Gamification in the contact centre brings together an effective platform and techniques that improve employee engagement, to help businesses achieve their commercial and customer experience targets.
Effective games are structured on behaviours, with intelligently defined goals and rules for how to go about achieving them. That doesn’t stop them being fun, of course. The point about games is that the rules and objectives encourage certain behaviours.
The same idea can be applied to non-game activities in order to incentivise desired behaviours. In an office environment, such as a contact centre, gamification can be used to motivate agents, engaging staff to follow the right processes, and celebrate achievements.
Business benefits of gamification
Agent engagement: In many contact centres, staff are following scripts and taking similar calls time after time, which can become a little dull and they go on ‘auto-pilot’. Not only does this lead to poor service and results, it also inevitably means high agent turnover and absenteeism, which has a knock-on effect in workforce management, recruitment and training costs.
With a gamification program, managers and team leaders can monitor performance and provide agents with instant feedback and rewards which are publicly recognised. Coupled with the capabilities for Centre Managers to understand and manage the performance of team leaders, the idea is to put the interest and fun back into work.
Align business objectives with behaviours: When agents achieve certain goals in the ‘game’ they are also helping the company meet its performance goals. Performance targets to improve can include:
- Sales conversion rates
- Sales per hour
- Net Promoter Score
- Average handling time
- First call resolution
Train and empower agents: Agents are much more engaged when they are allowed to develop their skills and use these to solve problems for customers, rather than following rigid scripts.
Gamification elements can be included in training, particularly if the company has an e-learning system that enables agents to learn at their desks. They could then gain points and rewards for completing modules and passing tests.
How to set up gamification
Target setting: Just as every game has a well-defined objective, so should every gamification program. Only with this goal – or goals – in mind can you decide which metrics you need to measure and improve, and thus what behaviours you need your game mechanics to encourage.
Games are only fair when they are transparent, so it’s important that players and spectators alike agree on the rules and can track the scores in real time. The KPIs you choose as a way of keeping score, so you will need to tap into your QA tools like interaction analytics, call recording, and quality scoreboards. Sales metrics and soft measures such as customer satisfaction could also be targeted.
Game mechanics: The purpose of a game’s rules is to constrain the choices players can make with the purpose of pushing them towards achieving the goal of the game – score so many points, take the opponents’ pieces, beat the final boss.
Your game can be of almost any type imaginable, as it long as it is engaging, fun and motivating for agents to take part in. You can even create team rather than individual games, which encourage people to work together and motivate one another.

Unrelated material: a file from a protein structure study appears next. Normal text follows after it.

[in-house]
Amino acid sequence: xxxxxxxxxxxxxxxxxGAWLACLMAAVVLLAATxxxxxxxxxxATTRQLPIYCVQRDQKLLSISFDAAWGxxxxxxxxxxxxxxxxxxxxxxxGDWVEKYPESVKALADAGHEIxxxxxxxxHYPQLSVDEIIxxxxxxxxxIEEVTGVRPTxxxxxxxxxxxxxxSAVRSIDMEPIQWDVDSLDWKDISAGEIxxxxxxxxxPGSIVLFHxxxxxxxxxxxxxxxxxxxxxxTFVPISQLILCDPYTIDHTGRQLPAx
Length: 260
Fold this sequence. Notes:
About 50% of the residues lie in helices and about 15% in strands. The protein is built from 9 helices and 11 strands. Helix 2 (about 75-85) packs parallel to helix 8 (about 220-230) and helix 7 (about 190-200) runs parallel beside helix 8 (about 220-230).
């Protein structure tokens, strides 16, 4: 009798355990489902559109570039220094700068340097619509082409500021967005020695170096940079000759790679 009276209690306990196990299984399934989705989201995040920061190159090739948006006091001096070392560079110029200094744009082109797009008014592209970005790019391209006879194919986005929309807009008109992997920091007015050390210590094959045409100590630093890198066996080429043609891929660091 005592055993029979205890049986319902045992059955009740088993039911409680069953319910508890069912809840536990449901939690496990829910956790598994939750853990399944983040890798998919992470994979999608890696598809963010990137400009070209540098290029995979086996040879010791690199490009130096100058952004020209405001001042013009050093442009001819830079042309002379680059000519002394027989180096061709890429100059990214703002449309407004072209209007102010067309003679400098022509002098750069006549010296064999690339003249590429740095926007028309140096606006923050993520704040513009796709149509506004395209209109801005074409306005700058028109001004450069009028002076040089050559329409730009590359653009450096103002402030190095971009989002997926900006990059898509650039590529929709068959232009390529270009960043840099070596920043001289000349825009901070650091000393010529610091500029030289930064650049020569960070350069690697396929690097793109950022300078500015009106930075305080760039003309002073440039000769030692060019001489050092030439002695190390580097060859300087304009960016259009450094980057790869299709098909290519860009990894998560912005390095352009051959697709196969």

Contact centre games can be run in specially designed software or cloud services, or on a bespoke system devised by management. While this can be as low-tech as a couple of whiteboards to track scores, off-the-shelf gamification platforms allow for sophisticated rules and real-time tracking and are more engaging for users.
Rewards: Some people are motivated to win for the sake of it, even if there is nothing tangible on offer. Most agents, however, will want to be working towards some sort of reward. This doesn’t have to be a winner-takes-all-prize, but could operate more like a rewards program where everyone who reaches a certain level gets a bonus or reward.
Whatever you choose, it’s important that the rewards fit in with and reinforce your company culture, otherwise your gamification program could do more harm than good – for example if you have a service-led culture you don’t want to encourage sharp practices by over-incentivising agents to close sales.
Business goals are the ultimate objective and success must be measured against these. It’s important that managers and agents alike focus on those and not get too caught up in creating or playing the game, as fun as it is.
When designing a program, it’s best to target just one or two goals rather than attempt to solve every business challenge at once. Instead have several games, each of which targets a different key metric, and rotate them to keep everyone fresh and on their toes.
If you’re not careful, team leaders and managers might find themselves spending more time running the game than managing their teams. There are many gamification platforms that can integrate with your existing systems and automate much of the process.
Integration of the gamification platform with your QA, reporting and analytics functions not only enables you to ‘keep score’ in your game, but also helps you understand the impact that gamification is having on the operation, often in real-time.
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